You know Lori Lightfoot must have some political power when she can fix the Bears’ kicking game with one public statement. It’s been six weeks since Chicago’s mayor went in front of TV cameras and challenged Eddy Piñeiro to “find [his] leg” again after an 0-for-2 performance against the Rams. The Bears’ kicker hasn’t missed since, converting all 11 attempts.
“I honestly want the season to keep going,” Piñeiro said after hitting his second game-winner of the season, a 22-yarder to beat the Vikings 21-19 Sunday. “It’s sad the season is over at this point in time. I’m just happy that I ended on a good note. It’s now time to get ready for next year where I’ll need to compete in order to get my job back.”
He was staunchly uninterested in postgame job speculation, even though his 4-4 performance was the latest example of why there probably won’t be much this offseason. He scored 13 of the Bears’ 21 points – it’s not like they can really afford to start over again, and after last offseason, why would they want to?
“For us, you all know, that was a huge, huge, big void that we had going into this year,” Matt Nagy said. “I feel pretty good that that void is filled. I feel like that’s a positive from this year.”
Piñeiro finished the season kicking at an 82% rate, which falls in the middle of the pack (19th) in the league. He went 27-for-29 on extra points, which puts him a bit lower (25th). Still, the Bears have consistently applauded the kicker’s ability to respond to adversity, and finishing the season perfectly after his worst performance of the year is a testament to the 24-year-old’s resolve.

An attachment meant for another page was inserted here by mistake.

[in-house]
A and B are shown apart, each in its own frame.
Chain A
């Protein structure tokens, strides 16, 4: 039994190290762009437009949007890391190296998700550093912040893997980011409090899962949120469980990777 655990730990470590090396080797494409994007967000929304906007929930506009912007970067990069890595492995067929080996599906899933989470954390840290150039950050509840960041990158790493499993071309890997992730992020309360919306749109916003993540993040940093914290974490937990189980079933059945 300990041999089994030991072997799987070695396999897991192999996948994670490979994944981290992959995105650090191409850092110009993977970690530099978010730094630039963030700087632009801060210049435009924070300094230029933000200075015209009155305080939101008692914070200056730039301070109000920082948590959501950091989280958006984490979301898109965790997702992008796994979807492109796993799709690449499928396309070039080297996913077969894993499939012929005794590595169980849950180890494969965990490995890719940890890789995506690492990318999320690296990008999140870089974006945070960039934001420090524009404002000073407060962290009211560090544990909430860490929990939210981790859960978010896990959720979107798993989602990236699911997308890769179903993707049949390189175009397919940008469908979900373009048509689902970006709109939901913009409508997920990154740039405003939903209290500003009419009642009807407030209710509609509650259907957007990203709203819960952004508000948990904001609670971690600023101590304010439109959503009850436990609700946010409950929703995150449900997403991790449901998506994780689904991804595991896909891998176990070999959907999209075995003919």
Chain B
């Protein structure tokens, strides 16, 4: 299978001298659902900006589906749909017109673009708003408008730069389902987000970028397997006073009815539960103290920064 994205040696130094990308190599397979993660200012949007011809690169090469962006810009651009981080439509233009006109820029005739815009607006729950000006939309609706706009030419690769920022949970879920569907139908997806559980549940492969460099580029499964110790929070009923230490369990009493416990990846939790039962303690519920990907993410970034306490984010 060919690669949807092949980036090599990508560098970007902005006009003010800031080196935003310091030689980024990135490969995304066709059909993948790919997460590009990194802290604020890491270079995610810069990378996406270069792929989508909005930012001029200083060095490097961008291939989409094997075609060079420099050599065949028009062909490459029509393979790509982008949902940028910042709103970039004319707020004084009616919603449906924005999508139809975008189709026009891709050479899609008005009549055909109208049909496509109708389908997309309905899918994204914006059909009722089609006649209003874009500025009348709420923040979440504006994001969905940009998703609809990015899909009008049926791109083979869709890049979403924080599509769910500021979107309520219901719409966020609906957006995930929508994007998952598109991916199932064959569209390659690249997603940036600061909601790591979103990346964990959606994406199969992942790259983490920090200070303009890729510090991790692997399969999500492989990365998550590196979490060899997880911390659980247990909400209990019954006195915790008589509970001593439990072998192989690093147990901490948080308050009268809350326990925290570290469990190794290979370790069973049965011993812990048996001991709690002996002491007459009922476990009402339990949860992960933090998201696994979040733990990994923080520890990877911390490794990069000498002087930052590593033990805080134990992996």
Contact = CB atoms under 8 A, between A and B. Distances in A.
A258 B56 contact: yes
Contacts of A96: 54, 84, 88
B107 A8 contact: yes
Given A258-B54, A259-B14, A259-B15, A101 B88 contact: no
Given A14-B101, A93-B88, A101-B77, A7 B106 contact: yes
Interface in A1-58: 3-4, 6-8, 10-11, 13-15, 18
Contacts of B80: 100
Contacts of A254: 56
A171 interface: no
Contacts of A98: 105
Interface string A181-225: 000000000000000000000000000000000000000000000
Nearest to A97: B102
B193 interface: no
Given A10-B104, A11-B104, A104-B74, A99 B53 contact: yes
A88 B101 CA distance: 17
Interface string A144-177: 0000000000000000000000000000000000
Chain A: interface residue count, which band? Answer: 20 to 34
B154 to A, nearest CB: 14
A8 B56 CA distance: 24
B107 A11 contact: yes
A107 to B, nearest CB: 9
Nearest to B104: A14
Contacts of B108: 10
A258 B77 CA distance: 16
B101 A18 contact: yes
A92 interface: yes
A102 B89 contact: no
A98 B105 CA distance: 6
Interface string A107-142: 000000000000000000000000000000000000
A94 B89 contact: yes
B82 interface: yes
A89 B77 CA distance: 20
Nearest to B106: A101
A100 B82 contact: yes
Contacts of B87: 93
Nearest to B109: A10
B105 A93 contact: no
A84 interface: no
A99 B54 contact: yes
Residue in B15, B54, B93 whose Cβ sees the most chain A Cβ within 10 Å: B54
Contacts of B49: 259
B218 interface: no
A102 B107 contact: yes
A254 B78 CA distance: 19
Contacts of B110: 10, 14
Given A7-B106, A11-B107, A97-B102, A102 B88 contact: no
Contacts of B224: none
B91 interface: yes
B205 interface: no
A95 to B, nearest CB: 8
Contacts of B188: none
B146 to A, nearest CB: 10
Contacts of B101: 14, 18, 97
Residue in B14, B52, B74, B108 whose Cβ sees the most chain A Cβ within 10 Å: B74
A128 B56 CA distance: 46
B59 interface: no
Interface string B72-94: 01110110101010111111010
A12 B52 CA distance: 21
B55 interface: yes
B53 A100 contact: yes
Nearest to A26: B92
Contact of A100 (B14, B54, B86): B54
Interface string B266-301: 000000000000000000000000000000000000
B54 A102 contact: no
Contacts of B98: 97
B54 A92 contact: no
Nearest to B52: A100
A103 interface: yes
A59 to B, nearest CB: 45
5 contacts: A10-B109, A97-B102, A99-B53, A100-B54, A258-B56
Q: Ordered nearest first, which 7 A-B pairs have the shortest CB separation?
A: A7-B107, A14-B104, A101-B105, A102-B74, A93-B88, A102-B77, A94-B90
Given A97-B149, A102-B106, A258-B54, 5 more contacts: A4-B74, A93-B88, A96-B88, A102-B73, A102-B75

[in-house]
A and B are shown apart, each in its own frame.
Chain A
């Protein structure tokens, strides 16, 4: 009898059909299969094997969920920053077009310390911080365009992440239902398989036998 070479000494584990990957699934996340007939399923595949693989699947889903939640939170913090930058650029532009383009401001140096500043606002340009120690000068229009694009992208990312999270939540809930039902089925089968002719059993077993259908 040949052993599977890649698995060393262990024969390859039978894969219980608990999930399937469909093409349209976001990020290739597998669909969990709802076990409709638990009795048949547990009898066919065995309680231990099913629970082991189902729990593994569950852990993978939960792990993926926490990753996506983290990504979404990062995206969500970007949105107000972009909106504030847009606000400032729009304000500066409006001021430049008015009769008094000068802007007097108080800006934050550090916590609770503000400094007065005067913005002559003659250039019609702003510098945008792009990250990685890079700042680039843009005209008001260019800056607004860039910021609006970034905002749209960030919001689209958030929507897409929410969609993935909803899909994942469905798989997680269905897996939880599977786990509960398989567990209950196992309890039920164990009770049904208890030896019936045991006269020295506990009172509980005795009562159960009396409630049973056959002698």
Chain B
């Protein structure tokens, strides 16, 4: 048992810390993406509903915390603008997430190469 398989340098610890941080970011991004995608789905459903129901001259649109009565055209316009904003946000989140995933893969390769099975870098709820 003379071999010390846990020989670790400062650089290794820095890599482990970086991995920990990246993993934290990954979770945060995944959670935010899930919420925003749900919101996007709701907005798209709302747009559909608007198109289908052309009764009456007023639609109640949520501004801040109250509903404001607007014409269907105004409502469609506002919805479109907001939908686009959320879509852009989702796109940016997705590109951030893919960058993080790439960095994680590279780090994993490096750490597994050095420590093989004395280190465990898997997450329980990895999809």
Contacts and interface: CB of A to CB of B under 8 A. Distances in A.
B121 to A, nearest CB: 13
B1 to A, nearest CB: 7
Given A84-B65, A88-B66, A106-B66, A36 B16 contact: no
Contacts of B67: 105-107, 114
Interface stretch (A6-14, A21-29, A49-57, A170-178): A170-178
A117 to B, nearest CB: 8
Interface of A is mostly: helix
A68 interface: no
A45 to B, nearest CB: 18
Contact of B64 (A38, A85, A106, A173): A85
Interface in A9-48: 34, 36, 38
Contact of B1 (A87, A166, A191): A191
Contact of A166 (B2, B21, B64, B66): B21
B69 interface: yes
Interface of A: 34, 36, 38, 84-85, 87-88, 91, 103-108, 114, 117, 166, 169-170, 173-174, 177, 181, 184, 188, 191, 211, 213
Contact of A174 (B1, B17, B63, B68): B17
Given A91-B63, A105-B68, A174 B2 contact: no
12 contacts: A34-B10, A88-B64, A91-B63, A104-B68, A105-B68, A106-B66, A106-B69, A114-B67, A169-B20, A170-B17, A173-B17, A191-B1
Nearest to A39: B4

“The slumps, again, are natural,” Nagy added. “I think making sure that we don’t panic when you go through that slump is the most important part.”
Piñeiro said that what helped him rebound this season was changing (read: improving) his technique. He admitted that he came into the season “kicking like a soccer player,” and that the way he was coming around on the ball wasn’t producing clean kicks. And while many point to the Rams game as his season’s low point, it was actually missing what would have been the game-winner against the other Los Angeles team that Piñeiro felt was his season’s turning point.
“I think the biggest thing is handling adversity,” he said. “This one was big for me, especially after I lost the game against the Chargers. This was a big moment for me."Click here to download the new MyTeams App by NBC Sports! Receive comprehensive coverage of the Bears.